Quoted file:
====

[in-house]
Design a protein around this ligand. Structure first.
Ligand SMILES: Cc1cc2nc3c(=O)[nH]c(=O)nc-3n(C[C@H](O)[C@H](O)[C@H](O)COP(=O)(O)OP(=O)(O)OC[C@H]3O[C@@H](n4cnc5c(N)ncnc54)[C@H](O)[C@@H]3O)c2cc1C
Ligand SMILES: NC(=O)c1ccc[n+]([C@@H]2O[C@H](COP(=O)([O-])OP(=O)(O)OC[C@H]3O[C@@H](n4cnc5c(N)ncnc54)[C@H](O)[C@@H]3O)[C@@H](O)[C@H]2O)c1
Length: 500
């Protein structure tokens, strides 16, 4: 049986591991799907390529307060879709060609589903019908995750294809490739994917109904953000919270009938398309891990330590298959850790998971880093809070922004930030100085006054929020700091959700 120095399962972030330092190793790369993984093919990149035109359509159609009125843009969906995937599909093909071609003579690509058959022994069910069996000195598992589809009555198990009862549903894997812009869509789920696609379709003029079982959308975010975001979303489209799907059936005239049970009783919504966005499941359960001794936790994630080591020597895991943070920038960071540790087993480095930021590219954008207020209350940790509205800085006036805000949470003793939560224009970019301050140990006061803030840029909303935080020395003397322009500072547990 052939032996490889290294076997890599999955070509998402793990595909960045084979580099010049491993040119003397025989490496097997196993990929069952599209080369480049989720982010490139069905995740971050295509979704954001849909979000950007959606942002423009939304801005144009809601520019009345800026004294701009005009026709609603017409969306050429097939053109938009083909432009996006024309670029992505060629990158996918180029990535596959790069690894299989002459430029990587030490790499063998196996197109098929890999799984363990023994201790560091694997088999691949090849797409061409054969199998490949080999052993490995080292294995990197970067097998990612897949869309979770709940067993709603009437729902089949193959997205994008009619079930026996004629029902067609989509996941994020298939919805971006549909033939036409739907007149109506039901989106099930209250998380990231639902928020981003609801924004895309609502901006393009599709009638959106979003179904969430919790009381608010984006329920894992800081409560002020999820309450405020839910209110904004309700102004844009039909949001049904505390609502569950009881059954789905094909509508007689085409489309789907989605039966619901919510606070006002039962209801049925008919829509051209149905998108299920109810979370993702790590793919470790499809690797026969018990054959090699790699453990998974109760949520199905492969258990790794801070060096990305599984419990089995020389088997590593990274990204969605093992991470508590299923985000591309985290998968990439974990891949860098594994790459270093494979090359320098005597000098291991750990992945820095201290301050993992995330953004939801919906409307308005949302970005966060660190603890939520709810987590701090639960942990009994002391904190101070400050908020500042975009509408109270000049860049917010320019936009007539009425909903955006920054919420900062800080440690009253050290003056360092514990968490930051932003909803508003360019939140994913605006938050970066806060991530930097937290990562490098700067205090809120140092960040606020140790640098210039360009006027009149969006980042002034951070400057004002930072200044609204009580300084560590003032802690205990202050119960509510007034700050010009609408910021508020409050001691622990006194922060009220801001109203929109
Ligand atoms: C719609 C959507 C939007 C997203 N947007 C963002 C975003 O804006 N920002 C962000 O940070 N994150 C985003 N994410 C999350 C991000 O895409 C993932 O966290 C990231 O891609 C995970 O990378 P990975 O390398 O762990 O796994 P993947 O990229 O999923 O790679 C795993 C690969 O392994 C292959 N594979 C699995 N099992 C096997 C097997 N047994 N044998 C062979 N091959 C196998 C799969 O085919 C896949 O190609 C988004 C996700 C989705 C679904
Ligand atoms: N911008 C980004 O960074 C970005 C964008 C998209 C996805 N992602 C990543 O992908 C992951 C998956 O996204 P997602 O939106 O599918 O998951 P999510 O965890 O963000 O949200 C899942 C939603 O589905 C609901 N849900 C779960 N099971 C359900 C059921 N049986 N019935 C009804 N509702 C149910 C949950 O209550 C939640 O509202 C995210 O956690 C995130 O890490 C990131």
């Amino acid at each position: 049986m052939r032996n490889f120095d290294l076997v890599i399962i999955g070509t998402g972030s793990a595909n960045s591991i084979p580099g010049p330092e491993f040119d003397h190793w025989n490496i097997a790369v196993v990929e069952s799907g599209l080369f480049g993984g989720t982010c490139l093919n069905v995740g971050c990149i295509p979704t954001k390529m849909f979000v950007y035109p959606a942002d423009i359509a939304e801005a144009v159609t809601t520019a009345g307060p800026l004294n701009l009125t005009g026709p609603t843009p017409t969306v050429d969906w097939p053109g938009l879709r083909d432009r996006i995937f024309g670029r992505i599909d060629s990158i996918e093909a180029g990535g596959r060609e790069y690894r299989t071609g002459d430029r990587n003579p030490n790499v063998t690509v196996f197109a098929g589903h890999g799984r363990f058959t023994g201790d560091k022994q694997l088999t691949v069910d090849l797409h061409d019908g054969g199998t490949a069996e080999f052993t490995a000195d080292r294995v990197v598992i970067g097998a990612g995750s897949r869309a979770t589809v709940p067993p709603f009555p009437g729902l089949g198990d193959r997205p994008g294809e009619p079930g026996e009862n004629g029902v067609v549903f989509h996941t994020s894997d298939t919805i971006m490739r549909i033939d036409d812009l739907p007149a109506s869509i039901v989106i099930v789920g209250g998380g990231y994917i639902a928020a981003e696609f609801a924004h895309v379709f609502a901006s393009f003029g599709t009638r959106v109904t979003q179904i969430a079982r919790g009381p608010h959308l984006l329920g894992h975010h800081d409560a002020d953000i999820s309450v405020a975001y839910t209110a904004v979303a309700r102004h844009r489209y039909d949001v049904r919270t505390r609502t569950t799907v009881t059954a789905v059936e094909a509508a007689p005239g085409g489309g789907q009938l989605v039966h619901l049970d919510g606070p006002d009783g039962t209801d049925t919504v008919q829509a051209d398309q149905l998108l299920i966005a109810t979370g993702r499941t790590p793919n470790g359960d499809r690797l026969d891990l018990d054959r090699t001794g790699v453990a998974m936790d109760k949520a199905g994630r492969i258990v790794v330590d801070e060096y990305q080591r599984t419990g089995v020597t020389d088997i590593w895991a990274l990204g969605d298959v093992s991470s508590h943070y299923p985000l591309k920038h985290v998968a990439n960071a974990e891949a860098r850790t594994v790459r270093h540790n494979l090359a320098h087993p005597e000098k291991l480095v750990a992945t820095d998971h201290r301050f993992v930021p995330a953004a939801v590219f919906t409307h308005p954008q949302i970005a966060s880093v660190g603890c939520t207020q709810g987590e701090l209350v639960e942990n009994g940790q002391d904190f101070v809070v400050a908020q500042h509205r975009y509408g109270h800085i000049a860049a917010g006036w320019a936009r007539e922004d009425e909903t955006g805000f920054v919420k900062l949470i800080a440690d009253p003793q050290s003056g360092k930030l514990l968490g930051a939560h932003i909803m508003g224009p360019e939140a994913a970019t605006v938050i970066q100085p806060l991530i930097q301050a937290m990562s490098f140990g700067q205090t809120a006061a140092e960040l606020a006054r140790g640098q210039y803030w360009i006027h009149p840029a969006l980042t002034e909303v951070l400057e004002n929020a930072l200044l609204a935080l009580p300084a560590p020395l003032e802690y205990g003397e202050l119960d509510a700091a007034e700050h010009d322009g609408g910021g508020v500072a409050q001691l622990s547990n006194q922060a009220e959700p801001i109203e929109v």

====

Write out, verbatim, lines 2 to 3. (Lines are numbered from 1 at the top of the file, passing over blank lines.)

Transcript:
Design a protein around this ligand. Structure first.
Ligand SMILES: Cc1cc2nc3c(=O)[nH]c(=O)nc-3n(C[C@H](O)[C@H](O)[C@H](O)COP(=O)(O)OP(=O)(O)OC[C@H]3O[C@@H](n4cnc5c(N)ncnc54)[C@H](O)[C@@H]3O)c2cc1C